Once again, public broadcasting, a bedrock of our democracy, is under threat from a government led by Benjamin Netanyahu with budget cuts and closure.
Amid the protests that have come out against judicial reforms, artists also came out recently in support of the Israeli Public Broadcasting Corporation (KAN). We should listen to the words of those musicians such as Shalom Hanoch, Ninet Taib, Ravid Plotnik and Hadag Nahash.
The new government has threatened major budget cuts at KAN, the broadcaster that came into being in 2017 to replace the previous and anachronistic Israel Broadcasting Authority. After having suffered through the long debate and trauma of the closure of the IBA, it appears the Likud and the ruling parties in government are now determined to do the same to KAN.
State of chaos
Rumors of this have been percolating since late last year. It is a shame that Israel continues in this state of chaos, which has become part and parcel of the kind of leadership we have seen in the current government and its previous incarnations.
Instead of creating stability and strengthening state institutions that do good like KAN – which creates high-quality productions – it prefers to govern through chaos, making the public have to run every week from one new controversy to the next.
One week it is the judicial reform, then it is the closing of KAN – and now a proposed bill to jail Women of the Wall. Just wait for what the government will create next week to keep the public running trying to juggle all the new challenges.
The global TV industry recognizes Israel as a breeding ground for quality television and KAN plays an important role in that. The public broadcaster produces world-class programming, as is evidenced by the adaptation and distribution worldwide of such locally originated series as Tehran, Valley of Tears, Dismissed and The Lesson (aka Zero Hour.)
President Isaac Herzog came out Wednesday in support of KAN and against the agenda of Communications Minister Shlomo Karhi to clip the broadcaster’s wings. At a recent staff meeting, KAN Director-General Golan Yochpaz said there was concern over proposed cuts. He said the threats come at a time when the broadcaster has “become a true symbol of Israeli quality and creativity.” Artists who support the broadcaster have been more critical, saying that this is part of the “regime change” that is designed to erode Israel’s democracy.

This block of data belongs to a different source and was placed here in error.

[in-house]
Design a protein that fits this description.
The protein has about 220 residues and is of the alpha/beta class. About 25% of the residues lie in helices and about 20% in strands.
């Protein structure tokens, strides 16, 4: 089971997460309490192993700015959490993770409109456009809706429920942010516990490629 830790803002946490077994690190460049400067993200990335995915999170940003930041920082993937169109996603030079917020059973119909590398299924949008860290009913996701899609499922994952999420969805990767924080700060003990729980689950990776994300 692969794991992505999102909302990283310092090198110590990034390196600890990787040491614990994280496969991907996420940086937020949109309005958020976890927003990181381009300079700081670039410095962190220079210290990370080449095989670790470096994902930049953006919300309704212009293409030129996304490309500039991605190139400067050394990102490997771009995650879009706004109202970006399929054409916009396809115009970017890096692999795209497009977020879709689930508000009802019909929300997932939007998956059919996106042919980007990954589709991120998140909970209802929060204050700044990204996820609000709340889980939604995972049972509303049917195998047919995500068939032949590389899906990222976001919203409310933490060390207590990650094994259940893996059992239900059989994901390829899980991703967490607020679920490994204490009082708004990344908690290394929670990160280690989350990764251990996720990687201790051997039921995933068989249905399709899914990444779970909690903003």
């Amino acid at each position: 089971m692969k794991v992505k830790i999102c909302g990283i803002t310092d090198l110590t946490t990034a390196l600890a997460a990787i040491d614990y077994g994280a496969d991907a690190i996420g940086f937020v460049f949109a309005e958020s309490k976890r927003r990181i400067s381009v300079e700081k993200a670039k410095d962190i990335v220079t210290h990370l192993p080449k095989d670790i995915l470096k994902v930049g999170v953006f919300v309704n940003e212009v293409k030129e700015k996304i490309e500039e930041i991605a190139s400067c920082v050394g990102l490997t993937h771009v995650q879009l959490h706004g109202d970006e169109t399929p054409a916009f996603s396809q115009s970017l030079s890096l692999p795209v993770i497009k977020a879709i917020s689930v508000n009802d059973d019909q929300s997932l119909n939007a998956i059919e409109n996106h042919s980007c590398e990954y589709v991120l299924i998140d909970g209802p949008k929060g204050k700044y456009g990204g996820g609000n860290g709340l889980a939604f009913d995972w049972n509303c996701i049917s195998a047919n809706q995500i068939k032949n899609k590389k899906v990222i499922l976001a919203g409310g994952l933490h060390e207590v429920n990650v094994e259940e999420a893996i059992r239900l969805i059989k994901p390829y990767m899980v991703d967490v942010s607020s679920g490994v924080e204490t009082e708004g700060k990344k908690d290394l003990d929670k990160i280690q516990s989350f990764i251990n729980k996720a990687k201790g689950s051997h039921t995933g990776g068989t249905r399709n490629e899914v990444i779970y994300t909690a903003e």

A key to democracy
KAN and its previous incarnations are part of the state and have existed since before Israel was founded. The idea of public broadcasting is a key to democracy, so that we are not just at the whim of the private market. Public broadcasting enables non-profitable ventures to take place that can foster artistic independence and not force everything to go to the abattoir of populism. There is also public support for the public broadcaster.
There is some good news. Likud lawmaker David Bitan and others appear to be against the proposal to close KAN, but that doesn’t mean this government will not move forward with budget cuts and other methods of cutting down what exists. This is part of the slow struggle to strangle content and weaken the broadcaster, to create a cycle in which smaller budgets lead to less success and then less success is used as a reason to say the broadcaster should be shuttered. We’ve seen this before with IBA.
Will the hundreds of artists and protesters be enough, along with solidarity from other media to prevent the targeting of KAN? We hope so.
Our democracy needs a diversity of programming. We endorse the president’s support for the broadcaster. We believe that having a multiplicity of media helps democracy and also gives the public options of where it wants to get its news, its entertainment and its content.
What we need is more programming and investment in media, not less. The tragedy of the threats to KAN is that we are already seeing tech firms and investors consider leaving Israel over this government’s controversial judicial reforms.
Our state is strengthened by public investment in the arts and media. That must go along with a robust private sector. With threats to cut KAN’s budget, and concerns about investors fleeing, we are seeing clouds gather on various fronts. It is important to struggle against both of these disturbing phenomena.